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Road melts at Yellowstone National Park

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    2012: Supervolcano beneath Yellowstone?

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Story highlights

  • Yellowstone sits on top of one of the world's largest volcanoes
  • Extreme heat from the volcano's thermal areas damaged the popular road
  • No volcanic eruption is expected for 1,000 years or more

The road was melting.

Extreme heat from thermal features at Yellowstone National Park, created by the active volcano below the park, caused oil to bubble on a road surface on July 9 and damage it.

Park crews had to close and repair the 3.3-mile loop road that takes visitors past White Dome Geyser, Great Fountain Geyser and Firehole Lake.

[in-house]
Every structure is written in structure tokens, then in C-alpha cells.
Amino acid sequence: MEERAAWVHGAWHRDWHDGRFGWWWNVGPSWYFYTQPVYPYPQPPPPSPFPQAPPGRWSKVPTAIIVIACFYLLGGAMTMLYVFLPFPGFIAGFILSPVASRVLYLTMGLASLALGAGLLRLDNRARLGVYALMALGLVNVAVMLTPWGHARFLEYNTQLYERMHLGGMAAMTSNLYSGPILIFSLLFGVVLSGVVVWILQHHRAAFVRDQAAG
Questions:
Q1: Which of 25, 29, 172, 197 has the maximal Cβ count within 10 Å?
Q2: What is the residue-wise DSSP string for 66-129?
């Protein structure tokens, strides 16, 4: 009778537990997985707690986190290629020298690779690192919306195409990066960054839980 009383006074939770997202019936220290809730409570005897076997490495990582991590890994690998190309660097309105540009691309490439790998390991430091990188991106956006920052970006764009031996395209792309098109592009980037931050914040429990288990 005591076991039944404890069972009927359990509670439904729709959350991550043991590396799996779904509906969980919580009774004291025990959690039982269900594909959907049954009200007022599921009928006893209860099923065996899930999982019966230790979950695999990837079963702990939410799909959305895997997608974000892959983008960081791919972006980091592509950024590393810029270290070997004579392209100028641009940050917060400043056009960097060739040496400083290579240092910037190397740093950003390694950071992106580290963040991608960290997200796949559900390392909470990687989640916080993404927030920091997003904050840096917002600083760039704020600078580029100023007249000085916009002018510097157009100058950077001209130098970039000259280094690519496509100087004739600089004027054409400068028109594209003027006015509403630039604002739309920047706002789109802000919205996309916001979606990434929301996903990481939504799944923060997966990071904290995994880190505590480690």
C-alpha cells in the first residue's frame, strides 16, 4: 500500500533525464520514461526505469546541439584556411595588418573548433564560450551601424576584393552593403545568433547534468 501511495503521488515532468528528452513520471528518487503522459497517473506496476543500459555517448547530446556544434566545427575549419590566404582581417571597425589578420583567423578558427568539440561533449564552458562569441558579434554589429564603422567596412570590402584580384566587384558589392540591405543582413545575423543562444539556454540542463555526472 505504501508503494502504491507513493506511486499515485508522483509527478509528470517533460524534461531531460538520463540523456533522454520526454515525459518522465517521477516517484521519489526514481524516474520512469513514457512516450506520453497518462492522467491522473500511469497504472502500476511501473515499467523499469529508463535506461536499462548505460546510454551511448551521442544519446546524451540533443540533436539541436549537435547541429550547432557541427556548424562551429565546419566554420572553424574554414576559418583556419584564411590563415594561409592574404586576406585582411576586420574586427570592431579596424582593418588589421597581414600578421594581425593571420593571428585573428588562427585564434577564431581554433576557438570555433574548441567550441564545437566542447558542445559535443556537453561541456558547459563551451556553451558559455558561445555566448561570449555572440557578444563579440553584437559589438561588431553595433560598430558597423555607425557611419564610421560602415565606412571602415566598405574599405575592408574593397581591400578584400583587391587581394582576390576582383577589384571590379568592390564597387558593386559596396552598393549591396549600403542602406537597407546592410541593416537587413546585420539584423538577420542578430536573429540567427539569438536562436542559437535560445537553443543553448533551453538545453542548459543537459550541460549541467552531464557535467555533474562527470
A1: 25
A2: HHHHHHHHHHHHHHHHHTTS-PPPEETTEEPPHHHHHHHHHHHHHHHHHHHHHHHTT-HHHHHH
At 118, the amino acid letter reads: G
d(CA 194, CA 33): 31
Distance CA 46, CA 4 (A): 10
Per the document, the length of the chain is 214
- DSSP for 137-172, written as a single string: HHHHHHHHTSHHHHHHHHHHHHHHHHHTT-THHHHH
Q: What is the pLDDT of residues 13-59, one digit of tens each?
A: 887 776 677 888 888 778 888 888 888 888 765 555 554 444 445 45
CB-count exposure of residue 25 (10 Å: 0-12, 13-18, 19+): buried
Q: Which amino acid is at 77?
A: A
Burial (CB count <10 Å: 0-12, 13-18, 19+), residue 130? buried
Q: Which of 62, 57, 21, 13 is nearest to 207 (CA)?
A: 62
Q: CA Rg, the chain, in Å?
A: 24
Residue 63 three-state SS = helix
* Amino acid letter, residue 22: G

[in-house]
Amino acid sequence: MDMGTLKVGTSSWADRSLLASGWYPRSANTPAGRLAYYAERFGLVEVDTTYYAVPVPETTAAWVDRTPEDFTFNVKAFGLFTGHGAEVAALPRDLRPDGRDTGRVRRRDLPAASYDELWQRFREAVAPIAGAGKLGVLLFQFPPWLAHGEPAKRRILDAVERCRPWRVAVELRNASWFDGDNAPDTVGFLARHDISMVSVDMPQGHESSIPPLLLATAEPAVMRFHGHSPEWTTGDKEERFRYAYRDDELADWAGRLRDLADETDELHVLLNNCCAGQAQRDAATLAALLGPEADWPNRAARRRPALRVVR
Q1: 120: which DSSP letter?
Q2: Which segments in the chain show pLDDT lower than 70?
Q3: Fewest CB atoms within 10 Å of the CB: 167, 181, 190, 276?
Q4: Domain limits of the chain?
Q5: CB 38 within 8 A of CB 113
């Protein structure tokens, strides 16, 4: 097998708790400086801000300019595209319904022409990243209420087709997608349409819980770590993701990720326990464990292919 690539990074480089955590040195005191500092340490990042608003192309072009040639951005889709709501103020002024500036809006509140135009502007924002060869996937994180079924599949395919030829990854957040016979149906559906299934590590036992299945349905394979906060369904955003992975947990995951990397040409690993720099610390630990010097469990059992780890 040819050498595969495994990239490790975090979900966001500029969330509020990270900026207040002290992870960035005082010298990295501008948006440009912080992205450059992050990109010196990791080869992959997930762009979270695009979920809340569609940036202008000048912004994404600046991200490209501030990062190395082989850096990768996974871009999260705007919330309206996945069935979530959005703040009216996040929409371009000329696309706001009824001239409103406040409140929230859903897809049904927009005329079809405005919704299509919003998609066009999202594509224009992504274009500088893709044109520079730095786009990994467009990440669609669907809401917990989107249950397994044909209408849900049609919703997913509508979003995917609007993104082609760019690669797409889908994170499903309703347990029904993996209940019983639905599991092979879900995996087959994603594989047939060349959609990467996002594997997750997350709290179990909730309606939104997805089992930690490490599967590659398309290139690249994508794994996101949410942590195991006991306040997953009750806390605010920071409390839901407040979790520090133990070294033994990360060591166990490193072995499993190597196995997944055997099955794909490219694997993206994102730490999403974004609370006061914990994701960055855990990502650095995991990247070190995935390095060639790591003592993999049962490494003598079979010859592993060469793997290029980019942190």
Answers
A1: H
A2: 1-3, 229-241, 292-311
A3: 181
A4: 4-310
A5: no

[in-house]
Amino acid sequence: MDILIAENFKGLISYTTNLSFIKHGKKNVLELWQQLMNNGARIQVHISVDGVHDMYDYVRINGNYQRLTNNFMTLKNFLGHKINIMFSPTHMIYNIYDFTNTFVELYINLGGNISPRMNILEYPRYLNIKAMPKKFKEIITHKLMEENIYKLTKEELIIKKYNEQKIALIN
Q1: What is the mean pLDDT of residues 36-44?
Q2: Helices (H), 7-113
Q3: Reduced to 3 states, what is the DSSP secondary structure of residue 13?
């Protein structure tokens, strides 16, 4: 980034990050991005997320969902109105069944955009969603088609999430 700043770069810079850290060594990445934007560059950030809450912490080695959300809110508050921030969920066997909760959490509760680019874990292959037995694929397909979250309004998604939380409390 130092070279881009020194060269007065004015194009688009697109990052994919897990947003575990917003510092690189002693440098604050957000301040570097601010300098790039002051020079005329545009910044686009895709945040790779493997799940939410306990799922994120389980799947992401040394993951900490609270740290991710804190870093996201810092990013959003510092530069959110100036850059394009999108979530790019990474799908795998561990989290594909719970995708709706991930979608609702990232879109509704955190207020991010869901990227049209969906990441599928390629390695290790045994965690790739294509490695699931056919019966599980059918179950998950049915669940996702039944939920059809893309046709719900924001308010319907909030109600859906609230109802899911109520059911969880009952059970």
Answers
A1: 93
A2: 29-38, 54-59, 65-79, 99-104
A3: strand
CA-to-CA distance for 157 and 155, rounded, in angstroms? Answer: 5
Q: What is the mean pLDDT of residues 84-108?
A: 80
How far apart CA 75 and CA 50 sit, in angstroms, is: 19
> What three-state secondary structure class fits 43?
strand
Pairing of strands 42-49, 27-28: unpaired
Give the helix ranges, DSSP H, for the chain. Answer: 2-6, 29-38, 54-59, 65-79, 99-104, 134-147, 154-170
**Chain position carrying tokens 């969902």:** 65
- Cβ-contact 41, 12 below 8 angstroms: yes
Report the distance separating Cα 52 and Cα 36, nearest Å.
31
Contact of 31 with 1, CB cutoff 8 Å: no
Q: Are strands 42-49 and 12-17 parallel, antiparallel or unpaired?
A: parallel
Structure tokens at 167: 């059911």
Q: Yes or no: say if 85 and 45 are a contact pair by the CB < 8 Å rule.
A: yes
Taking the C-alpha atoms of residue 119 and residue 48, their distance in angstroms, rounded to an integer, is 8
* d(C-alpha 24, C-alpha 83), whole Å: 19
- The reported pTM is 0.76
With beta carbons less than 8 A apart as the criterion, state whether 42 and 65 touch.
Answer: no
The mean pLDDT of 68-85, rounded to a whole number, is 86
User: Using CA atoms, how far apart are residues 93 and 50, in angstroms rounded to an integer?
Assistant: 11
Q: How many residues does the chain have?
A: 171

A road in Yellowstone National Park simmers in the heat of underground thermal features.

Blame it on the Yellowstone Volcano.

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    Road melts at Yellowstone National Park

Road melts at Yellowstone National Park 01:03
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Yellowstone National Park -- a UNESCO World Heritage Site -- sits atop one of the world's largest volcanoes, and some of the thermal spots have damaged the popular Firehole Lake Drive. The park features over 10,000 thermal spots, about half the world's known thermal spots.

Yellowstone: One of the first UNESCO World Heritage Sites

    Although the volcano is active -- evidenced by the thermal features and 1,000 to 3,000 earthquakes annually -- park officials don't expect a catastrophic eruption anytime in the next 1,000 or even 10,000 years.

    Yellowstone's first supervolcanic eruption occurred 2.1 million years ago, and there were other Yellowstone supereruptions 1.3 million and 640,000 years ago.

    The park has instruments monitoring the volcano throughout the park, and there would be plenty of warning -- weeks or even months -- if an eruption were going to occur.

    In the meantime, enjoy the park! Maintenance crews quickly repaired the road, and it was reopened to visitors Saturday.

    Summer in the park at Yellowstone